Liberty Twp. elects not to seek grants

By D. Anthony Botkin - [email protected]

The Liberty Township Board of Trustees elected Monday to not pursue two grant possibilities. One grant involved an electric vehicle charging station, while the other grant centered around a multi-use trail.

“I’m not even going to motion on that one,” Trustee Melanie Leneghan said about a resolution that sought to authorize Michael Schuiling, township administrator, to apply for a grant from American Electric and Power (AEP) to install an electric vehicle charging station at the YMCA.

According to the resolution, the township would be obligated to pay any cost not funded by the grant, up to but not exceeding $7,000.

“There’s possibly a cost to it,” Schuiling said. “The anticipation is that AEP would cover 100%, however, that’s not a guarantee. Within the grant itself, the township would be responsible for up to $7,000.”

Leneghan said she saw no reason for the people of the township to pay $7,000 for a charging station that only benefits a few who have electric vehicles.

“I see no reason to impose a $7,000 cost on the people of this township for the 10 people that have a Tesla,” Leneghan said. “If someone else wants to motion, they can.”

Schuiling told the board the longer it waits, the chances of getting the grant dwindles.

“It was a 100% funded grant, but we were unable to get it to the agenda. The first one was for fast chargers. The second is for just the AC charger. We could wait, but if we do, we risk not getting the grant,” he said.

Schuiling added in talking with people that use chargers and the people who install them, “They get used frequently.” He said the electricity used to recharge a car would be purchased using a cell phone app.

“The board of trustees could use it as a source of revenue,” he said. “They can charge as much as they want for that (service) and make it status quo so it just pays for itself.”

But, Leneghan remained firm on not making a motion to approve the resolution nor did her two fellow trustees speak up to move the resolution forward.

“The township is under no obligation to provide a place for people to take their Tesla,” she said. “We already have one sitting in Powell. There are plenty around if anybody wants to charge their Tesla.”

The resolution died for the lack of a motion by the board to move it forward.

The other resolution trustees decided not to act on would have authorized Schuiling to apply for capital funds for the construction of a half-mile multi-use trail in front of the new library being built on Home Road.

Schuiling told the board that he had been working with the Olentangy, Powell, and Liberty Trails Committee (OPAL) on the project. He said in order to increase the chances of receiving the grant, 10% of the project’s total cost had been set aside.

“This is a statewide bike path,” Leneghan said. “I’ve always been opposed to the people of Liberty Township paying for the State of Ohio’s bike trails, especially where it says that we’ll own it, which means we have to maintain half-a-mile bike trail.”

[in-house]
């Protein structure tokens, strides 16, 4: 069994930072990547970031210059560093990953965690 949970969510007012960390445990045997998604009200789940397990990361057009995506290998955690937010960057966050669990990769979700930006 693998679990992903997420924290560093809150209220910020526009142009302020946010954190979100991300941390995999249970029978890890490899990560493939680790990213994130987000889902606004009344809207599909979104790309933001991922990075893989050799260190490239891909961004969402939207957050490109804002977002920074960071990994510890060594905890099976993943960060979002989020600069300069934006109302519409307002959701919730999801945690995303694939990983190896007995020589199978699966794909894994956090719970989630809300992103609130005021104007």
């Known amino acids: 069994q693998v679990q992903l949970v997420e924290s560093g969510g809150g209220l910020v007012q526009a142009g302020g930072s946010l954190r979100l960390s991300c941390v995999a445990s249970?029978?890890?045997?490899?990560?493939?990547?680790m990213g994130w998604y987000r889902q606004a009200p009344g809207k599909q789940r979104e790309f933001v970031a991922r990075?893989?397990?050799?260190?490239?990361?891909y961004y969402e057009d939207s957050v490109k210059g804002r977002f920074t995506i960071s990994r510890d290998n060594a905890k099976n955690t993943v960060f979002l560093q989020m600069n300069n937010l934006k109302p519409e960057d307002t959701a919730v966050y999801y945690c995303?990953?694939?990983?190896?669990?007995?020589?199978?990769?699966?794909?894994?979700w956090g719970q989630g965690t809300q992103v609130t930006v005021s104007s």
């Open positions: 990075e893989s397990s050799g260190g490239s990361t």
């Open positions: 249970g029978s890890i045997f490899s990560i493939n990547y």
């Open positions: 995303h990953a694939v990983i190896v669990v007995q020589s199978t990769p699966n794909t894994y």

According to the resolution, 90% of the cost ($310,680) to build the path would be paid for from the state’s capital budget for the construction of multi-use trails. The remaining 10% of the cost ($34,520) would be the responsibility of the township, which would be the sole owner of the half-mile stretch in front of the new library, not the state.

Leneghan said she wasn’t opposed to paying for bike paths that help the children get to downtown Powell or to the YMCA.

“I’m very opposed to the people of this township paying for statewide bike paths, especially one where I don’t see where we get a very good bang for our buck,” she said. “A half a mile of a bike path is a lot to maintain when we’re not getting a ton of usage for it.”

Leneghan made the decision to “sit out” of the voting on the resolution.

However, in an attempt to move the resolution forward, Trustee Shyra Eichhorn made a motion to approve the resolution, but Trustee Michael Gemperline said, “I will vote for nothing regarding bike paths the rest of tenure as I was fraudulently accused of approving something that improved my personal interest. This could be the same thing here.”

The resolution died for the lack of a second on the motion to approve.

Also during the meeting, Cathy Buehrer, human resources manager, presented a resolution for expenditure to the law firm of Zashin and Rich, LLC for help with employment arbitration, union, and human resource issues.

“It is for arbitration issues that we have been dealing with and continue to deal with, and union issues,” she said. “We have a few grievances and arbitrations that have continued on.”

The resolution had a blank line for a monetary amount to be filled in, and Buehrer told the board it would need to decide on the amount before approving the resolution.

Leneghan asked Schilling to recommend an amount, which he did by stating, “15,000.”

Gemperline and Leneghan voted yes to approve a $15,000 expenditure to Zahin and Rich, while Eichhorn voted no.

In other business, the trustees:

• Approved the creation of a fund for the Braumiller Road improvements award from the Ohio Public Works Commission.

• Approved the fiscal officer’s recommendation on Appropriation Amendment 5 totaling $14.4 million.

• Approved the recommendation of the fiscal officer’s 2020 Resources and Permanent Appropriations totaling $12.9 million.

• Approved the purchase of computer equipment to upgrade the township’s aged equipment.

• Approved the renewal of the Olentangy, Powell and Liberty Trails Committee Charter.

By D. Anthony Botkin

[email protected]

Contact D. Anthony Botkin at 740-413-0902. Follow him on Twitter @dabotkin.

Contact D. Anthony Botkin at 740-413-0902. Follow him on Twitter @dabotkin.